Meet John F. Kennedy – Tax Cutter

I’d like to depart from the new Van Lines, where I summarize what’s inside the magazine, because we are in the process of selecting a new government, including the occupant of the White House. The current resident, a charming and engaging fellow with whom I often disagree, likes to pin our current economic slump on the policies of his predecessor, but he’s never asked to specify.

Since he’s referred to tax rate cuts as “fairy dust,” I’ll assume that’s what he means. My first thought is this: If cutting tax rates was so economically ruinous, why didn’t the President either let them expire or pursue legislation to raise them? He’s only talked about raising them, which has caused job creators to hesitate.

Secondly, I wonder if President Obama is aware that President John F. Kennedy once argued for, and eventually enacted, tax rate cuts? Everyone links modern tax cutting with Ronald Reagan, but Reagan got the idea from Kennedy, whose views on the subject were outlined in a December 1962 speech to the Economic Club of New York.

We had just gotten past the Cuban Missile Crisis, and while the economy was growing, Kennedy did not believe it was firing on all cylinders. In a beautifully crafted and delivered speech, which was one of his trademarks, Kennedy made the case for tax rate cuts to, as he put it, “raise our entire economy to a new and higher level of business activity.”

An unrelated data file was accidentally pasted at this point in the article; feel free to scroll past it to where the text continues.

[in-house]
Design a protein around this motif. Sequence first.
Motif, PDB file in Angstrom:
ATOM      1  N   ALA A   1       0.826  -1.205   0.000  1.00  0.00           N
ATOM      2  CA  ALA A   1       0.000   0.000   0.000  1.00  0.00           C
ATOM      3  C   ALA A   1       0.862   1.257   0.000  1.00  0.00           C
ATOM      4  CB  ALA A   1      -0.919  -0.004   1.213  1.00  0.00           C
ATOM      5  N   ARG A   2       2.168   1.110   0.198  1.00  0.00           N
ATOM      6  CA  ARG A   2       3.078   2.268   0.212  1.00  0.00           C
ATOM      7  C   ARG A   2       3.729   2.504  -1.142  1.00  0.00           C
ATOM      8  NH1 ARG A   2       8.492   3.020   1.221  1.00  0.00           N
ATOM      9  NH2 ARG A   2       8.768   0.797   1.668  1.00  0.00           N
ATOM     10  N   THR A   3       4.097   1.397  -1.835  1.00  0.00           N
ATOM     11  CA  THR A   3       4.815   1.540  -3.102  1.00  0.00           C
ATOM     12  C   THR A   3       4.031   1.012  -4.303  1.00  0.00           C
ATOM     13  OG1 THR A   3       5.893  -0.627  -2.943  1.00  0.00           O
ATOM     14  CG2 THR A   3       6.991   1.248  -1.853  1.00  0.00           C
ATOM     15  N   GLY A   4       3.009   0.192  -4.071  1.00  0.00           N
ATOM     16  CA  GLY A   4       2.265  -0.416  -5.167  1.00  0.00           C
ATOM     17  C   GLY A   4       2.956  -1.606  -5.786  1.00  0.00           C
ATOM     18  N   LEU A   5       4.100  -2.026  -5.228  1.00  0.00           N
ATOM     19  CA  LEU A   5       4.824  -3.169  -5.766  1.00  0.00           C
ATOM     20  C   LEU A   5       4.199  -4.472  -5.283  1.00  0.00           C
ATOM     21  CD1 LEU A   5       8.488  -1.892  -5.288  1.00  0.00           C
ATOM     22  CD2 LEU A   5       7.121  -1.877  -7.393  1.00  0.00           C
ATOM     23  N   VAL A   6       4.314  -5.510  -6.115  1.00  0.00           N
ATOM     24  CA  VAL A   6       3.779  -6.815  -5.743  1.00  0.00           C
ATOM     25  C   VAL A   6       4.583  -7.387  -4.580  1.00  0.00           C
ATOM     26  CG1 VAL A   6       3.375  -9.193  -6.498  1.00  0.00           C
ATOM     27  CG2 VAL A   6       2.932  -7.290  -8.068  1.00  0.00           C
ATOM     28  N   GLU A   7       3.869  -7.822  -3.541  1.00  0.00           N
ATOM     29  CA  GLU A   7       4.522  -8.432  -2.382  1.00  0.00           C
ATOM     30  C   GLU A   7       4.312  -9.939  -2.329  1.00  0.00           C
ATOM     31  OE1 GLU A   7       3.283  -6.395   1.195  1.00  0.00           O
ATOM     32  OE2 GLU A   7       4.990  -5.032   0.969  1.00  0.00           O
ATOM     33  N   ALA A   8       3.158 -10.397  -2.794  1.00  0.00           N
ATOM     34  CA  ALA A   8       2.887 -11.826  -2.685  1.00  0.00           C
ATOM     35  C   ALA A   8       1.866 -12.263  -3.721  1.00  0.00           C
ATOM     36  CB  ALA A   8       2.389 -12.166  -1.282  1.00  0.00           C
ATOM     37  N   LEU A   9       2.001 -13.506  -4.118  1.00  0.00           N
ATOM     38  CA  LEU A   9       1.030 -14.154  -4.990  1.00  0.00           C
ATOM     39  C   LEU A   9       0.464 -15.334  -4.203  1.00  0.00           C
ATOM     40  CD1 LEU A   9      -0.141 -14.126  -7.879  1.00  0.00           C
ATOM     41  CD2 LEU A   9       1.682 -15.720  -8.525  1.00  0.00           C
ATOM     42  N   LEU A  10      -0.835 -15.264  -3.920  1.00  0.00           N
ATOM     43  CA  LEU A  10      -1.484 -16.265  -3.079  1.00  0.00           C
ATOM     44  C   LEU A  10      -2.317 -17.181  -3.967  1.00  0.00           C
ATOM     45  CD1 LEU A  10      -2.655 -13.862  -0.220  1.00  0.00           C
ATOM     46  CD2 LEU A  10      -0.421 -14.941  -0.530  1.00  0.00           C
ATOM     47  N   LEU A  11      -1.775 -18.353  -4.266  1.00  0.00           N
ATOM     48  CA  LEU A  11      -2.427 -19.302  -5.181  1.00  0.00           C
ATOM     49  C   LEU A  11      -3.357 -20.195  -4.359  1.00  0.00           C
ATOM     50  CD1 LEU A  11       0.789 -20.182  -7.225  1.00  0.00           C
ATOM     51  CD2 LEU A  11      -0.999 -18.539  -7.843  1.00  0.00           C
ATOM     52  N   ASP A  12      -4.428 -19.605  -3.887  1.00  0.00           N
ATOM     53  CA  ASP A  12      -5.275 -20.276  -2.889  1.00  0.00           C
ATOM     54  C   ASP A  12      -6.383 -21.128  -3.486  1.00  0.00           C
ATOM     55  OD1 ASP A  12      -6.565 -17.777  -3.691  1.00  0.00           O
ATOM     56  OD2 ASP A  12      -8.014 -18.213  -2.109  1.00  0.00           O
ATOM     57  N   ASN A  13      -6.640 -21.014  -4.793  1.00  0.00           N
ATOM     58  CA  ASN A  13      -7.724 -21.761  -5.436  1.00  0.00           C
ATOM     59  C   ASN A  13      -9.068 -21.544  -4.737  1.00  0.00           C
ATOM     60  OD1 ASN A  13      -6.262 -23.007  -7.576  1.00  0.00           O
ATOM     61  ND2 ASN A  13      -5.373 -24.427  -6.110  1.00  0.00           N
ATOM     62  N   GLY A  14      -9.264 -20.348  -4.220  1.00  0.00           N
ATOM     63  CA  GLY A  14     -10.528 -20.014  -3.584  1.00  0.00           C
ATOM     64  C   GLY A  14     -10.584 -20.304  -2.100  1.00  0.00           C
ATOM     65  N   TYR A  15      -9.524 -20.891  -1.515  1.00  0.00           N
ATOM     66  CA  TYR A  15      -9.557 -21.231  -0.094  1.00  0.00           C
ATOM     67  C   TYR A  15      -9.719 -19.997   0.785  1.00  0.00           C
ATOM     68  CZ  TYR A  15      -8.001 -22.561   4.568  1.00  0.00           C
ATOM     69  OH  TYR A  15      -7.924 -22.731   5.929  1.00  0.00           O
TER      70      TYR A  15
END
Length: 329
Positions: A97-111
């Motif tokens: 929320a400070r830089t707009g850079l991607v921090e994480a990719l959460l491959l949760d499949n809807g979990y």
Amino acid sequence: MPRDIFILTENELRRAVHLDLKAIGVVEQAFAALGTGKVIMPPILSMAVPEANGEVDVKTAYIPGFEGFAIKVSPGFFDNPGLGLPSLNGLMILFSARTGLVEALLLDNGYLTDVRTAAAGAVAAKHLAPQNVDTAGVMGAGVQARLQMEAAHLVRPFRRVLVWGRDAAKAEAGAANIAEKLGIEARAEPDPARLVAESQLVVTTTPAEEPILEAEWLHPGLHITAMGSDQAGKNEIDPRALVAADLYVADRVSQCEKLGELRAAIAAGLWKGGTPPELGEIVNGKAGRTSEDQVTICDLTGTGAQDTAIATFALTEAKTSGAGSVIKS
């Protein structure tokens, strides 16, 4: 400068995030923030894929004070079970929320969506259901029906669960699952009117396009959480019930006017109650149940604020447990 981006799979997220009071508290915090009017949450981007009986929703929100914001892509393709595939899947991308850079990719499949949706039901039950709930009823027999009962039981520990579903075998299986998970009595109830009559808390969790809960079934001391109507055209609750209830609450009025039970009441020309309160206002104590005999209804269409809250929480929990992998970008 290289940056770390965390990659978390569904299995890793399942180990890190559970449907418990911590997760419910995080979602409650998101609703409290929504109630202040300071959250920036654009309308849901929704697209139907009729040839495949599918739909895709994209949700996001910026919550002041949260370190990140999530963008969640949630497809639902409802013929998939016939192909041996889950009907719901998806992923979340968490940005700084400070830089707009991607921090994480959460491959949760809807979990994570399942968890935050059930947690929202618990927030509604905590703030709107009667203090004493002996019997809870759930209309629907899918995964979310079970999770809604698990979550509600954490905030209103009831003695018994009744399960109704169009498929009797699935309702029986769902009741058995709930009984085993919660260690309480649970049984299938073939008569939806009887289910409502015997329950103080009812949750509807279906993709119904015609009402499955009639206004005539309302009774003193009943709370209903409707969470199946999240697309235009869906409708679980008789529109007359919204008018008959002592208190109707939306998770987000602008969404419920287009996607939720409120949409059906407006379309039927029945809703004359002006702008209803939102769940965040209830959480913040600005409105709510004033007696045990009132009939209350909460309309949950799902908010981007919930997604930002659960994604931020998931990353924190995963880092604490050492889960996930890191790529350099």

During the speech, Kennedy made a number of assertions that would confound today’s Democrats. Among them:

“The final and best means of strengthening demand among consumers and business is to reduce the burden on private income and the deterrents to private initiative which are imposed by our present tax system.”

And this: “Corporate tax rates must also be cut to increase incentives and the availability of investment capital.”

And this: “The new tax bill should improve both the equity and the simplicity of our present tax system. This means the enactment of long-needed tax reforms, a broadening of the tax base, and the elimination or modification of many special tax privileges.”

There’s much more, but I can’t help but think this speech could have been delivered by Mitt Romney or Paul Ryan, and how much the Democratic Party has changed – and not for the better. 

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